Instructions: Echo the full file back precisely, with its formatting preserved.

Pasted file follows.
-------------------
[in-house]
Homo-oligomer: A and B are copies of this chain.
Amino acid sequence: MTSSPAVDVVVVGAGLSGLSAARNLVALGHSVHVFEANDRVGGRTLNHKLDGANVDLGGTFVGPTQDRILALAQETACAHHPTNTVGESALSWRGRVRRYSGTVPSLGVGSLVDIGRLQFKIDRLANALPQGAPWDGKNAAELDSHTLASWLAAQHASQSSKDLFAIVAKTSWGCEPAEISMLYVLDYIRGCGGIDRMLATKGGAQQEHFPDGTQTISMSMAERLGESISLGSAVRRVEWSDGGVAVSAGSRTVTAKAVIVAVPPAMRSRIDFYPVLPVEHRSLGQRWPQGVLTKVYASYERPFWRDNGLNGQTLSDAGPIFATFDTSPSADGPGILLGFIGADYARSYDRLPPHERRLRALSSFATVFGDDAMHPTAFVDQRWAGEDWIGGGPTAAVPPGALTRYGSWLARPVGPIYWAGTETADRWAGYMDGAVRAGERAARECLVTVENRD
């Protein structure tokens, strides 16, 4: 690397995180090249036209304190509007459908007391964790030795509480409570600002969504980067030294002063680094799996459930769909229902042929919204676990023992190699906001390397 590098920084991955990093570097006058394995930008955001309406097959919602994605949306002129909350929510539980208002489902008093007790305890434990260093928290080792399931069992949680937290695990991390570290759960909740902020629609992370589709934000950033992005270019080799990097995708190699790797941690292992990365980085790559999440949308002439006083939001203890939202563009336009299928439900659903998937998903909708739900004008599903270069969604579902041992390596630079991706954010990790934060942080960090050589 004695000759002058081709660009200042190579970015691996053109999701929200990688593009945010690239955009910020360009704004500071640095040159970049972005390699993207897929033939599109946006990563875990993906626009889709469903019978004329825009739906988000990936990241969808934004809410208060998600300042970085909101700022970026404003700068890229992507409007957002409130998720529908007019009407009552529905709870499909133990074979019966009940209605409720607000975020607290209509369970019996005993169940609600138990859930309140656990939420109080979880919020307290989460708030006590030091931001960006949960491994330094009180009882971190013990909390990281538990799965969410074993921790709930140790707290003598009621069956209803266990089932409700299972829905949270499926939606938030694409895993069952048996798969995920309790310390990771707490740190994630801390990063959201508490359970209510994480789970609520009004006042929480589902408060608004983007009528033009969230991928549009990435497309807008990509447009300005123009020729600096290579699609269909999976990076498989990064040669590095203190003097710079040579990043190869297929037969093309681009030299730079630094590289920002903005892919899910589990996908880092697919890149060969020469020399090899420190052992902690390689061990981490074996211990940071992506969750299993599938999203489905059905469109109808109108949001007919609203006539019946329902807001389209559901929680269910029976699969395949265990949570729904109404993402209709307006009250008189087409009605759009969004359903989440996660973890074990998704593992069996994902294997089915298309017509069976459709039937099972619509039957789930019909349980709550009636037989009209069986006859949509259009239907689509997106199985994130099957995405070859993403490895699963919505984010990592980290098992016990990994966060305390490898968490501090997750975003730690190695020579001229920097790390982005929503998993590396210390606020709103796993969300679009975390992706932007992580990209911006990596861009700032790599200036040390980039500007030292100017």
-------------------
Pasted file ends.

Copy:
[in-house]
Homo-oligomer: A and B are copies of this chain.
Amino acid sequence: MTSSPAVDVVVVGAGLSGLSAARNLVALGHSVHVFEANDRVGGRTLNHKLDGANVDLGGTFVGPTQDRILALAQETACAHHPTNTVGESALSWRGRVRRYSGTVPSLGVGSLVDIGRLQFKIDRLANALPQGAPWDGKNAAELDSHTLASWLAAQHASQSSKDLFAIVAKTSWGCEPAEISMLYVLDYIRGCGGIDRMLATKGGAQQEHFPDGTQTISMSMAERLGESISLGSAVRRVEWSDGGVAVSAGSRTVTAKAVIVAVPPAMRSRIDFYPVLPVEHRSLGQRWPQGVLTKVYASYERPFWRDNGLNGQTLSDAGPIFATFDTSPSADGPGILLGFIGADYARSYDRLPPHERRLRALSSFATVFGDDAMHPTAFVDQRWAGEDWIGGGPTAAVPPGALTRYGSWLARPVGPIYWAGTETADRWAGYMDGAVRAGERAARECLVTVENRD
């Protein structure tokens, strides 16, 4: 690397995180090249036209304190509007459908007391964790030795509480409570600002969504980067030294002063680094799996459930769909229902042929919204676990023992190699906001390397 590098920084991955990093570097006058394995930008955001309406097959919602994605949306002129909350929510539980208002489902008093007790305890434990260093928290080792399931069992949680937290695990991390570290759960909740902020629609992370589709934000950033992005270019080799990097995708190699790797941690292992990365980085790559999440949308002439006083939001203890939202563009336009299928439900659903998937998903909708739900004008599903270069969604579902041992390596630079991706954010990790934060942080960090050589 004695000759002058081709660009200042190579970015691996053109999701929200990688593009945010690239955009910020360009704004500071640095040159970049972005390699993207897929033939599109946006990563875990993906626009889709469903019978004329825009739906988000990936990241969808934004809410208060998600300042970085909101700022970026404003700068890229992507409007957002409130998720529908007019009407009552529905709870499909133990074979019966009940209605409720607000975020607290209509369970019996005993169940609600138990859930309140656990939420109080979880919020307290989460708030006590030091931001960006949960491994330094009180009882971190013990909390990281538990799965969410074993921790709930140790707290003598009621069956209803266990089932409700299972829905949270499926939606938030694409895993069952048996798969995920309790310390990771707490740190994630801390990063959201508490359970209510994480789970609520009004006042929480589902408060608004983007009528033009969230991928549009990435497309807008990509447009300005123009020729600096290579699609269909999976990076498989990064040669590095203190003097710079040579990043190869297929037969093309681009030299730079630094590289920002903005892919899910589990996908880092697919890149060969020469020399090899420190052992902690390689061990981490074996211990940071992506969750299993599938999203489905059905469109109808109108949001007919609203006539019946329902807001389209559901929680269910029976699969395949265990949570729904109404993402209709307006009250008189087409009605759009969004359903989440996660973890074990998704593992069996994902294997089915298309017509069976459709039937099972619509039957789930019909349980709550009636037989009209069986006859949509259009239907689509997106199985994130099957995405070859993403490895699963919505984010990592980290098992016990990994966060305390490898968490501090997750975003730690190695020579001229920097790390982005929503998993590396210390606020709103796993969300679009975390992706932007992580990209911006990596861009700032790599200036040390980039500007030292100017």